noun Date: 14th century 1. a lessening of reputation or esteem especially by envious, malicious, or petty criticism ; belittling, disparagement 2. a taking away <
it is no detraction from its dignity or prestige — J. F. Golay
detractive adjectivedetractively adverb

New Collegiate Dictionary. 2001.


Look at other dictionaries:

  • détraction — [ detraksjɔ̃ ] n. f. • XIIe; lat. detractio « dénigrement » ♦ Littér. et vieilli Action de rabaisser le mérite (de qqn), la valeur (de qqch.). ⇒ 2. critique, dénigrement. Détraction d une personne, d une doctrine. ⊗ CONTR. Apologie. ● détraction… …   Encyclopédie Universelle

  • Detraction — • The unjust damaging of another s good name by the revelation of some fault or crime of which that other is really guilty or at any rate is seriously believed to be guilty by the defamer Catholic Encyclopedia. Kevin Knight. 2006. Detraction      …   Catholic encyclopedia

  • detraction — detraction, backbiting, calumny, slander, scandal arecomparable when they denote either the offense of one who defames another or casts aspersions upon him or what is uttered by way of defamation or aspersion. Detraction stresses the injurious… …   New Dictionary of Synonyms

  • detraction — Detraction. s. f. v. Medisance. La detraction est un grand peché. la detraction contre le prochain est contraire à la charité …   Dictionnaire de l'Académie française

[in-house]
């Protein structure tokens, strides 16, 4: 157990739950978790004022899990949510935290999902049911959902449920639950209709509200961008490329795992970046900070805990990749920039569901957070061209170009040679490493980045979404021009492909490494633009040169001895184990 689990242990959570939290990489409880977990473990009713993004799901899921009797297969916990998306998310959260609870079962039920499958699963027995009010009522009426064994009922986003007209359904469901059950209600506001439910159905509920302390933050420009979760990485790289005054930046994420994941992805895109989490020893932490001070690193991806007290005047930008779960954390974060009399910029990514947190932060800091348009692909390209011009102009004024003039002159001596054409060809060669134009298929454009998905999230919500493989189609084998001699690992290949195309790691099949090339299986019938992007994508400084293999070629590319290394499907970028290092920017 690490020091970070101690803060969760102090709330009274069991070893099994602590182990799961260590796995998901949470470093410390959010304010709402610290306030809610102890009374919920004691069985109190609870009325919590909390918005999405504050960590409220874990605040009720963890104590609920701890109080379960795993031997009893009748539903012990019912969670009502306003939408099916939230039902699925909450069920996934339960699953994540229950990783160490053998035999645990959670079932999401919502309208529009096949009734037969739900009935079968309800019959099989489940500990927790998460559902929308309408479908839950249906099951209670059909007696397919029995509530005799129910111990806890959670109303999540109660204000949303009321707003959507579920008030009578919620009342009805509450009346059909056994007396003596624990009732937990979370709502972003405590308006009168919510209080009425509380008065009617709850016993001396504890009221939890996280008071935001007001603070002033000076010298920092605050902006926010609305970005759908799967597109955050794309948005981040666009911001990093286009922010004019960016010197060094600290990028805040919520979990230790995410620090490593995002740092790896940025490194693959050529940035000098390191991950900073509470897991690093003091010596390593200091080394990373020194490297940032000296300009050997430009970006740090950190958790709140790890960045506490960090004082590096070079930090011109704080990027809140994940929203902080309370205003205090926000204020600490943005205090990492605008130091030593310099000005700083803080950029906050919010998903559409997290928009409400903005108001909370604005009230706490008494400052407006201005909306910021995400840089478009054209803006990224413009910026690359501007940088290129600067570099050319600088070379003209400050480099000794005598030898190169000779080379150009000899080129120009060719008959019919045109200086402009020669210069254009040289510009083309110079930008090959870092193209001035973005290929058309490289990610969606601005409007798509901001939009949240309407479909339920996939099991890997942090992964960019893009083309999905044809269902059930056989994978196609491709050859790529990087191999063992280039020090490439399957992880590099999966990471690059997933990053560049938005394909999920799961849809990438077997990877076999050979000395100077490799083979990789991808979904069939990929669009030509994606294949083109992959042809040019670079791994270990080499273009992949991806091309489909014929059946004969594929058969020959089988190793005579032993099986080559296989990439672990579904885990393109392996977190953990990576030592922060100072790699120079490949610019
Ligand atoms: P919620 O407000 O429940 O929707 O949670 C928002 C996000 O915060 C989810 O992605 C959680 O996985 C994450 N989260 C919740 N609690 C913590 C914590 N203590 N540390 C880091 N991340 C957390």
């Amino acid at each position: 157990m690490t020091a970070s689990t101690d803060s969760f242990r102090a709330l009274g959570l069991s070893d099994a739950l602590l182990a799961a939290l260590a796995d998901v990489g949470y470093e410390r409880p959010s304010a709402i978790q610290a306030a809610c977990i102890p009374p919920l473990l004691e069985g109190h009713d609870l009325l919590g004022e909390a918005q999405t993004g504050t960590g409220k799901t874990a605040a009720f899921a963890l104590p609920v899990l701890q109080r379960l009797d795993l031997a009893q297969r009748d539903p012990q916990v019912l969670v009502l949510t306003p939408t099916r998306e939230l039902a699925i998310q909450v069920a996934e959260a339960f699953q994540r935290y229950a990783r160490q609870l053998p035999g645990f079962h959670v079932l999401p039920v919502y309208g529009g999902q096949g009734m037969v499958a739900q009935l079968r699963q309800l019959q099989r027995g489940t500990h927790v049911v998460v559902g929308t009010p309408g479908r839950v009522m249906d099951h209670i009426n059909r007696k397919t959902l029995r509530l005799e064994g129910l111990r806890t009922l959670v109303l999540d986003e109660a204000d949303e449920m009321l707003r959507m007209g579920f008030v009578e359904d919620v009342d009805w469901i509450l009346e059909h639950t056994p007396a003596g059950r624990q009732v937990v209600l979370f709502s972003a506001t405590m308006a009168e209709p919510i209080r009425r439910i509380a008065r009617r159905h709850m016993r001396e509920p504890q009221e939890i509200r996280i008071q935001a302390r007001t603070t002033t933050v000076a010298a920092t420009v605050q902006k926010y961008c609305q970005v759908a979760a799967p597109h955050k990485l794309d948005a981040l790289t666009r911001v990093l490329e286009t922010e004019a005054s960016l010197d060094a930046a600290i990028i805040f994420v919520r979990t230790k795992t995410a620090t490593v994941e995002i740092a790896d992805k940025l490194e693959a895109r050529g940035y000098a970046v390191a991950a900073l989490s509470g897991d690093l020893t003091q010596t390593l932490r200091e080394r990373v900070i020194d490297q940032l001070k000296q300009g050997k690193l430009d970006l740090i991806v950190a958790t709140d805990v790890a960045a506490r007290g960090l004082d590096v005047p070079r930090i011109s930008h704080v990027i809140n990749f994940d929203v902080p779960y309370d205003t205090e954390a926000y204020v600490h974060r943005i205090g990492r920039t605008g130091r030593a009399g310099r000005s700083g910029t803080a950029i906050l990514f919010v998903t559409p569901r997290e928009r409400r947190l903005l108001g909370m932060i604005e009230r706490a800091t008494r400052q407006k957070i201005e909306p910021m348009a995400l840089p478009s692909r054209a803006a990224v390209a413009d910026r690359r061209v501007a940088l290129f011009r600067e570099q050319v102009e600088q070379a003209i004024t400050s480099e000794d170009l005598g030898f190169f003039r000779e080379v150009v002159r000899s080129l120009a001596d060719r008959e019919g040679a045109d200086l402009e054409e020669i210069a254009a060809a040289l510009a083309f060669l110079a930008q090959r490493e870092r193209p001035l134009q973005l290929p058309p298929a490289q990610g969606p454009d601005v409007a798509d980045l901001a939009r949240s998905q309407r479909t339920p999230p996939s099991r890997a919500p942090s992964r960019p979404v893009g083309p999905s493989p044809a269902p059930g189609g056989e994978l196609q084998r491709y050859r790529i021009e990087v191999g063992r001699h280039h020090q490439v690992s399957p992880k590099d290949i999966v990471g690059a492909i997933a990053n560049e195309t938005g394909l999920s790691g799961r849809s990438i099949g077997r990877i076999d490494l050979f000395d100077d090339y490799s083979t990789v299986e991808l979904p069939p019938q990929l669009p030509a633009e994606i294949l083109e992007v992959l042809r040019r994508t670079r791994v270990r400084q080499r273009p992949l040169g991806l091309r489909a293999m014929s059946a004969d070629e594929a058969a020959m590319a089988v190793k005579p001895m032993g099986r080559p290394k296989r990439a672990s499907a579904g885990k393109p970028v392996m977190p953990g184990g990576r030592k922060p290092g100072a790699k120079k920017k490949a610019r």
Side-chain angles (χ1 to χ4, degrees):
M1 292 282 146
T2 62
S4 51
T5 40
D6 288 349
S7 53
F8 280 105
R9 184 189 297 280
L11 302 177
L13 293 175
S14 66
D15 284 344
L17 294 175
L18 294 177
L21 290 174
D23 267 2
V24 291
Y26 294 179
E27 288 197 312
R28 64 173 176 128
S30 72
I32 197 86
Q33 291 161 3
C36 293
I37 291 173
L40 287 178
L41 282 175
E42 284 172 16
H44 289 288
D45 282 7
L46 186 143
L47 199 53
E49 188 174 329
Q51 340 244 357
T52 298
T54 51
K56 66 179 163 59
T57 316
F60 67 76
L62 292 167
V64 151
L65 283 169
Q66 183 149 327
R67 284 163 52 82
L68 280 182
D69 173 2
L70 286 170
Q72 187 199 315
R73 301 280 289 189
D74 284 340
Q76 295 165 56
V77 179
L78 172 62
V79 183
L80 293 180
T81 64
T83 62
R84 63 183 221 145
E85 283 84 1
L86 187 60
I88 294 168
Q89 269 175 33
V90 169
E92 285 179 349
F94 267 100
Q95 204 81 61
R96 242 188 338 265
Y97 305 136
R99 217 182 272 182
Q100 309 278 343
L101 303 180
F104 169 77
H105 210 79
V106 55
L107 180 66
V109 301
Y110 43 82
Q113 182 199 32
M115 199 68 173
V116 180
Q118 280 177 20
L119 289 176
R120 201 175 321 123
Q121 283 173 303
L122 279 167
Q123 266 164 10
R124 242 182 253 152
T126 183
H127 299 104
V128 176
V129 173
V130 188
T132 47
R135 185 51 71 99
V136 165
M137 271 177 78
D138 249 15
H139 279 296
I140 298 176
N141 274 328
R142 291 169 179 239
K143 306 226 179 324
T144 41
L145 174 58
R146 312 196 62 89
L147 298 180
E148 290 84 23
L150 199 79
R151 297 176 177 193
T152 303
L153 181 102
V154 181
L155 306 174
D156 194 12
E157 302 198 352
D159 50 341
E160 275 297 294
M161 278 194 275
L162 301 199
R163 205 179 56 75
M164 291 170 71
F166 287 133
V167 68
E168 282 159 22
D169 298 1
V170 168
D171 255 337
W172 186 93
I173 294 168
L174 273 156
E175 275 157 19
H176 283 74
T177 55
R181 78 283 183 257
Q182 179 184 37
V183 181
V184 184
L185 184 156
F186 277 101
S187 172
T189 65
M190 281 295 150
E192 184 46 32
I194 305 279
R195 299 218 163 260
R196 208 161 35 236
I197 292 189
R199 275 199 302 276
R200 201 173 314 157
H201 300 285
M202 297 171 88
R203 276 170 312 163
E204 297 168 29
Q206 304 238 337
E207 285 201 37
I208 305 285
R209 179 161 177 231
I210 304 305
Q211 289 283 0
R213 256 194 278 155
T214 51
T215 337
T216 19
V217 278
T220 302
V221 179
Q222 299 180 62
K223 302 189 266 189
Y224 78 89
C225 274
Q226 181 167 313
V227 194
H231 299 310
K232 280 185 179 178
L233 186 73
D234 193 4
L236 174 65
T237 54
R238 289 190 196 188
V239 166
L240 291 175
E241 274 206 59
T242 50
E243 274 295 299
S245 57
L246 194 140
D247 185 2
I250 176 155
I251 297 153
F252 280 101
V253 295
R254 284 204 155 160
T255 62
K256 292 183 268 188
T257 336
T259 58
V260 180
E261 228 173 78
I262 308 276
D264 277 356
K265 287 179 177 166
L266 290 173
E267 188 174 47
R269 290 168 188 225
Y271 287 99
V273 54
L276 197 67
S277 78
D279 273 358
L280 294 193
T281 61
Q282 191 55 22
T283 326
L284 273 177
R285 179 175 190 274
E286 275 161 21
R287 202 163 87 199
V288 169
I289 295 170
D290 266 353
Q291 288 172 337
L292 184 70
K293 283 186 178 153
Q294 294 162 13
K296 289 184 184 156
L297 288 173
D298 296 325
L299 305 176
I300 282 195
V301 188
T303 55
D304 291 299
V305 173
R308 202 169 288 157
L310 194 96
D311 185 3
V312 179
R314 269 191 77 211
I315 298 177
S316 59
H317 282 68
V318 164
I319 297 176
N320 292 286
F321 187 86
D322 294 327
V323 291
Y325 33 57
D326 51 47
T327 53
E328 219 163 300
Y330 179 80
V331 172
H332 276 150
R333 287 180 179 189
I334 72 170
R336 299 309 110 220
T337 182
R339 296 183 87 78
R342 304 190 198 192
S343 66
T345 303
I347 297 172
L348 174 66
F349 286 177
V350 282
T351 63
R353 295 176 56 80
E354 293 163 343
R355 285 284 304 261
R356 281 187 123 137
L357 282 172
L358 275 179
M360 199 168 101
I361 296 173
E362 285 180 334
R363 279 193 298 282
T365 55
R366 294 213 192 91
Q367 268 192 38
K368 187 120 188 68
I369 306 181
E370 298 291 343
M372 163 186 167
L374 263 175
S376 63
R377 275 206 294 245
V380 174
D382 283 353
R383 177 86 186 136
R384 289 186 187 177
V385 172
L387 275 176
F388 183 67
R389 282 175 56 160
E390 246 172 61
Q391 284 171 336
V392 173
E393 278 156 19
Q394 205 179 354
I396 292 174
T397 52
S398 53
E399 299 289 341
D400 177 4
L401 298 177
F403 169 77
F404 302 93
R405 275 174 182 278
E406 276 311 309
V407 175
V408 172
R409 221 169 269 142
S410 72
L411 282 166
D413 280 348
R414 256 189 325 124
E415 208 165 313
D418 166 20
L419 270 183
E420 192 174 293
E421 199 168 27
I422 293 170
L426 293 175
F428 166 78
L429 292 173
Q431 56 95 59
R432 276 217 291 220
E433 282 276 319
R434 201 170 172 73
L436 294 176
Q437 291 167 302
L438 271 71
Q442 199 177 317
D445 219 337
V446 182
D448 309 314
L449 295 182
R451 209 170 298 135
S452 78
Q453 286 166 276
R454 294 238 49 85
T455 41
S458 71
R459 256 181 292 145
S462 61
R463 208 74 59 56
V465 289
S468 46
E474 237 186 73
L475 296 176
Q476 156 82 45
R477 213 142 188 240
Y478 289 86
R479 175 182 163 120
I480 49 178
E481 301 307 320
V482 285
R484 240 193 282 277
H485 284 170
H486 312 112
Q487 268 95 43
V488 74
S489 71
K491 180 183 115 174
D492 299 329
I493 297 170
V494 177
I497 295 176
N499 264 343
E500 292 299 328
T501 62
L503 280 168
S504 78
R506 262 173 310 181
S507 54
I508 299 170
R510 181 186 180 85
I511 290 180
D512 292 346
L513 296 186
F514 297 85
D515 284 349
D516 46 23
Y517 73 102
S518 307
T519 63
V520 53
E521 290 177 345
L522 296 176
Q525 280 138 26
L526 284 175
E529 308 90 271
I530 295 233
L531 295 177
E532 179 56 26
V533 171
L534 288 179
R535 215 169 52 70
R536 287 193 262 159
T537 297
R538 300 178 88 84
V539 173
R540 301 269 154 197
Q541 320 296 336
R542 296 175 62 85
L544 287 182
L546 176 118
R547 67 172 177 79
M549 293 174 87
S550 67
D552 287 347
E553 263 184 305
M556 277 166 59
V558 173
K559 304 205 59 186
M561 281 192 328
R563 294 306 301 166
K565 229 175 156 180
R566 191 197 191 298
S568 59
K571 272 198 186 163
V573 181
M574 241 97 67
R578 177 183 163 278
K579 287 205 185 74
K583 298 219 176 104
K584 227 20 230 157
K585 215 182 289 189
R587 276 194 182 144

• Detraction — De*trac tion, n. [F. d[ e]traction, L. detractio.] 1. A taking away or withdrawing. [Obs.] [1913 Webster] The detraction of the eggs of the said wild fowl. Bacon. [1913 Webster] 2. The act of taking away from the reputation or good name of… …   The Collaborative International Dictionary of English

  • détraction — DÉTRACTION. sub. f. Médisance. La détraction contre le prochain est contraire à la charité …   Dictionnaire de l'Académie Française 1798

  • detraction — mid 14c., from O.Fr. detraccion detraction, disparagement, denigration, from L. detractionem (nom. detractio) a drawing off, from pp. stem of detrahere take down, pull down, disparage, from de down (see DE (Cf. de )) + trahere to pull (see TRACT …   Etymology dictionary

  • detraction — Detraction, Maledictio, Maledicentia, Obtrectatio. Eviter les detractions et meschantes paroles, Linguas hominum effugere. Par detraction, Maledice …   Thresor de la langue françoyse

  • Detraction — Detraction, lat., Entziehung, Abzug, Verläumdung. Detractis detrahendis, nach Abzug des Abzuziehenden; detractis expensis, nach Abzug der Kosten. Detrahiren, entziehen, abziehen, verläumden …   Herders Conversations-Lexikon

  • detraction — index aspersion, bad repute, contempt (disdain), criticism, defamation, denunciation, detriment …   Law dictionary

  • detraction — [n] misrepresentation; slander abuse, aspersion, backbiting*, backstabbing*, belittlement, calumny, damage, defamation, denigration, deprecation, derogation, disesteem, disparagement, harm, hit, hurt, injury, injustice, innuendo, insinuation,… …   New thesaurus

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